Prepping for New Cyber ExamsHow a FEMA-Funded Training Program Can Help
Faced with beefed up cybersecurity exams by banking regulators next year that likely will scrutinize their security awareness efforts, banks and credit unions are looking for cost-effective ways to educate their boards and senior executives about critical issues.
One resource that could prove helpful is a free cybersecurity education program supported by the Department of Homeland Security and the Federal Emergency Management Agency.
This cybersecurity training now includes a new group of classes tailored for executives and business professionals who do not come from an IT background, says Catherine Gibson, training coordinator for Texas A&M University's Engineering Extension Service. The university is one of several that offers the training, available to public agencies and private businesses, such as banks and others.
"This is the only program from FEMA that is focused on the executive leadership and getting them involved in the cyber-planning, rather than just delegating that responsibility," Gibson says.
Al Pascual, director of fraud and security at Javelin Strategy & Research, encourages banks and other financial institutions to consider taking advantage of this federally funded program.
"While I have heard of some universities making the recordings of their classes available for free online, none that I am aware of offer complete courses on cybersecurity at no charge," he says. "I'd encourage CIOs and CTOs with a knowledge deficit on any of these topics to take advantage. But other senior executives could also benefit from an understanding of basic cybersecurity terminology and issues, as a pervasive culture of security awareness is something that always resonates with regulators."
Bill Nelson, president of the Financial Services Information Sharing and Analysis Center, says cyber-education programs offered by universities to businesses are common. But one that has funding from the DHS definitely has significant value.
"I think it would particularly help banking institutions and community institutions to get educated about cybersecurity," he says.
Nelson also says a number of state banking associations are offering similar programs, aimed at educating CEOs and CISOs about emerging threats through tabletop exercises. "It certainly will help the overall preparedness of the sector," he says.
Focus on C-Level Cyber Awareness
In November, the Federal Financial Institutions Examination Council summarized results from its summer cybersecurity assessment program, which was piloted at more than 500 community banks. The FFIEC noted in its findings that it planned to issue new or updated regulatory guidance specifically geared toward cybersecurity preparedness, an area where community banks and credit unions were found to have obvious weaknesses (see FFIEC to Update Cybersecurity Guidance).
One area called out by regulators in their assessments of those community institutions was a lack of cyberthreat awareness among C-level executives and boards of directors (see FDIC: What to Expect in New Guidance).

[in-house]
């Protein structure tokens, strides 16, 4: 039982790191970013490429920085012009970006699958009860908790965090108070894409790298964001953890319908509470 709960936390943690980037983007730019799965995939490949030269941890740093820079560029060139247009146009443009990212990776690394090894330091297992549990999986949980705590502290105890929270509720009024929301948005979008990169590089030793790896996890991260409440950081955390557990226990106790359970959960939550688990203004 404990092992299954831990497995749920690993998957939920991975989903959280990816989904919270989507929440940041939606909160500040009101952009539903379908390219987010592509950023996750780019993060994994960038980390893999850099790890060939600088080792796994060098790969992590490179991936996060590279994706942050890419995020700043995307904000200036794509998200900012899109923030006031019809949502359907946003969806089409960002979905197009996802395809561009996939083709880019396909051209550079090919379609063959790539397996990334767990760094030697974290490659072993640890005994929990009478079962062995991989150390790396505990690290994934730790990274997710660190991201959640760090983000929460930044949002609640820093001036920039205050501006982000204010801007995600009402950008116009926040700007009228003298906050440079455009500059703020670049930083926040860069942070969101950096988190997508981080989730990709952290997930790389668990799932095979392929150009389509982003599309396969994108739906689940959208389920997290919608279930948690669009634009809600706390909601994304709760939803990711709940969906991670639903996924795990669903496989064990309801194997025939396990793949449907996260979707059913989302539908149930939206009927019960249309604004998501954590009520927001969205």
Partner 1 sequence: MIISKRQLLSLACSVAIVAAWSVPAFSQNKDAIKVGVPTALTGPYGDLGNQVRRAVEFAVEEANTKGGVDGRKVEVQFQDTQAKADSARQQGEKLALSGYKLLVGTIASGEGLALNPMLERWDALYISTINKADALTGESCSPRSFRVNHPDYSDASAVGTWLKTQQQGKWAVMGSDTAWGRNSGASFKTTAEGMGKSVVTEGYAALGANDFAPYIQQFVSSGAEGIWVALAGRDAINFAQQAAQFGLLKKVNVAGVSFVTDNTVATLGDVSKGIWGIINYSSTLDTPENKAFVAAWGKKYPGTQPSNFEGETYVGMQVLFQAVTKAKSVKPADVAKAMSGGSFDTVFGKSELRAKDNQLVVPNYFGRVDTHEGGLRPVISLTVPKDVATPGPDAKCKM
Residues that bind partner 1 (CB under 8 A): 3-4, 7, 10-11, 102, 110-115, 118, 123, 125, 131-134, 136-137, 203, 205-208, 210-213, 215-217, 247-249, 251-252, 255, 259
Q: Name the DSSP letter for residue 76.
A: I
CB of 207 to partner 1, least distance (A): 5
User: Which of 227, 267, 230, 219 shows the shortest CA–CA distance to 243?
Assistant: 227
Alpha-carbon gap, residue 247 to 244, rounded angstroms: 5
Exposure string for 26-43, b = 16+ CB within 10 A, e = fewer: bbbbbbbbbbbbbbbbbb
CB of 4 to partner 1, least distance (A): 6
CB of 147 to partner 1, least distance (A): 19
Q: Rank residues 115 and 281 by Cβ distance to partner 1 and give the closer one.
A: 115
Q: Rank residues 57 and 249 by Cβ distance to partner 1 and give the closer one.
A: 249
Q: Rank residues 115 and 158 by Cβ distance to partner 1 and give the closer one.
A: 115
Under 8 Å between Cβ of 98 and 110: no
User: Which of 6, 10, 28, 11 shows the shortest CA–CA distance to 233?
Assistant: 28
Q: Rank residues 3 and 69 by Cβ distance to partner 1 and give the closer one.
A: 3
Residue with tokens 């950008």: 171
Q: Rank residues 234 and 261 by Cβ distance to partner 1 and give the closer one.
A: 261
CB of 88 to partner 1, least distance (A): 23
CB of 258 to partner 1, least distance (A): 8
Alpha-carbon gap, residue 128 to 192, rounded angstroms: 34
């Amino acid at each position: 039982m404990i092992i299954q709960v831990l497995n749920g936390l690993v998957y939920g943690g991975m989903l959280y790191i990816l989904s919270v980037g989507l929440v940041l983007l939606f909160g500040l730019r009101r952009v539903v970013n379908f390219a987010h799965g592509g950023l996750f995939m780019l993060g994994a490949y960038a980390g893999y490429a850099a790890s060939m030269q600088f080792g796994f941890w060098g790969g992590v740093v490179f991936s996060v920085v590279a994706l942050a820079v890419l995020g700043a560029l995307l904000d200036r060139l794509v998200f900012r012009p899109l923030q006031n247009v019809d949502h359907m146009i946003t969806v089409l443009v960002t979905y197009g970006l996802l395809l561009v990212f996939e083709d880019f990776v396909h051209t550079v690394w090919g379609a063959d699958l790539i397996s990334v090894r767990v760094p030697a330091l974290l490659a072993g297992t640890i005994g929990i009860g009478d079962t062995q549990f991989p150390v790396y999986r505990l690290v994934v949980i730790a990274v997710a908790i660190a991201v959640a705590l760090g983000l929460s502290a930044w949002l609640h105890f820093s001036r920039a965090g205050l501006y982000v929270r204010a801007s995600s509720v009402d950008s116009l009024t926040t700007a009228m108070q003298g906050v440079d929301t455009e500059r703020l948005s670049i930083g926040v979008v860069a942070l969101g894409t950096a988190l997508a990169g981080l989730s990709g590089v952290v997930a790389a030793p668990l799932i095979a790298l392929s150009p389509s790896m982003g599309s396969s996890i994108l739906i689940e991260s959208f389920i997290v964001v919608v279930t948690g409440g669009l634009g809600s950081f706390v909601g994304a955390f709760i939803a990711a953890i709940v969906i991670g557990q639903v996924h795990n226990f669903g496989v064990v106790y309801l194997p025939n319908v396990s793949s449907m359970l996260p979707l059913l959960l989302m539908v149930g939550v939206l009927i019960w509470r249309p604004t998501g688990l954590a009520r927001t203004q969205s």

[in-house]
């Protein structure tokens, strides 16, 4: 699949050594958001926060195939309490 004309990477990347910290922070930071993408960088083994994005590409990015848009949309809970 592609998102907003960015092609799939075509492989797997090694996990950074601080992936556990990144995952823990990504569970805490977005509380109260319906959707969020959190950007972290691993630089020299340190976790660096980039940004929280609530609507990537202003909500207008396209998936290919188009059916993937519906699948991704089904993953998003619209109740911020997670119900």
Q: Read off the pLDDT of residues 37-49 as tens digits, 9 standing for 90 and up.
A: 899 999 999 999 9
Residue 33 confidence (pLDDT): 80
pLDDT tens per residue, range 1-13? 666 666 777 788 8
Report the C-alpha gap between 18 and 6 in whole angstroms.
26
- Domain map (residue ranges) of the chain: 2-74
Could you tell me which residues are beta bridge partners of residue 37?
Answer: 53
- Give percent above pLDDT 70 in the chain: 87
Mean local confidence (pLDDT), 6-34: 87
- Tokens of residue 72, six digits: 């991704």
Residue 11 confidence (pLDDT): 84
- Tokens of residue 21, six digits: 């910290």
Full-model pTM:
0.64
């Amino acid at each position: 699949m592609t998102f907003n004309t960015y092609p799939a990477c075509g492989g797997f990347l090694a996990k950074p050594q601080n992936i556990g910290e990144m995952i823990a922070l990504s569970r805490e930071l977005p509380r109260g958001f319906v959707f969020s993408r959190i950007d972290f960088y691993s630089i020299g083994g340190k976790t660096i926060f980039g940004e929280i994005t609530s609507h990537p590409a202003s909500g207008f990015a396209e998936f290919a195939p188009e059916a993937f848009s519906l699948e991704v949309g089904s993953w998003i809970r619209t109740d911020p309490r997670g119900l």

Exactly how regulators expect institutions to design their cybersecurity awareness programs remains to be seen, but security experts say examiners will want to know that top executives and boards of directors are aware of emerging cyberthreats and are communicating regularly their fraud and security teams to ensure they fully understand the steps being taken by their institutions to address those threats and mitigate risk.
Hord Tipton, executive director of (ISC)Â², a global information security training and certification organization, notes: "Without some formalized methods of internally educating your entire workforce, proving your organization has taken good faith efforts to safeguard customer data and PII [personally identifiable information] is not possible."
That's why Tipton says institutions should take advantage of educational opportunities, such as the federally funded program. But he cautions that banks need to make sure that the training programs they use are up to par.
"There is a lot of 'free' information out there, and, as expected, much of it varies in quality," Tipton says. "Unless the programs are adhering to acceptable standards or best practices, their value will be questioned. But the Texas A&M program has good sponsors and support in DHS and FEMA, so I can definitely see value."
The cybersecurity curriculum funded by the two federal agencies is part of a series of training and education courses offered by the National Cybersecurity Preparedness Consortium, a partnership between Texas A&M's Engineering Extension Service, The University of San Antonio, the University of Memphis, Norwich University and the University of Arkansas .
This year, the consortium has been updating its coursework for leadership training in cybersecurity, in response to emerging threats, Gibson says.
This group of courses, which falls under the program's Executive Leadership and Management Services, is a tailored cybersecurity and emergency response plan designed for executives, she says. The coursework, which is available on-demand online and taught by security industry practitioners and university professors, may be incorporated into any business's cybersecurity awareness training program, Gibson says.
"Cyber is part of the critical infrastructure, and FEMA wants to be sure banking institutions and other businesses have adequate awareness training," Gibson says.
To learn more about the courses offered, visit Texas A&M's cybersecurity course catalog.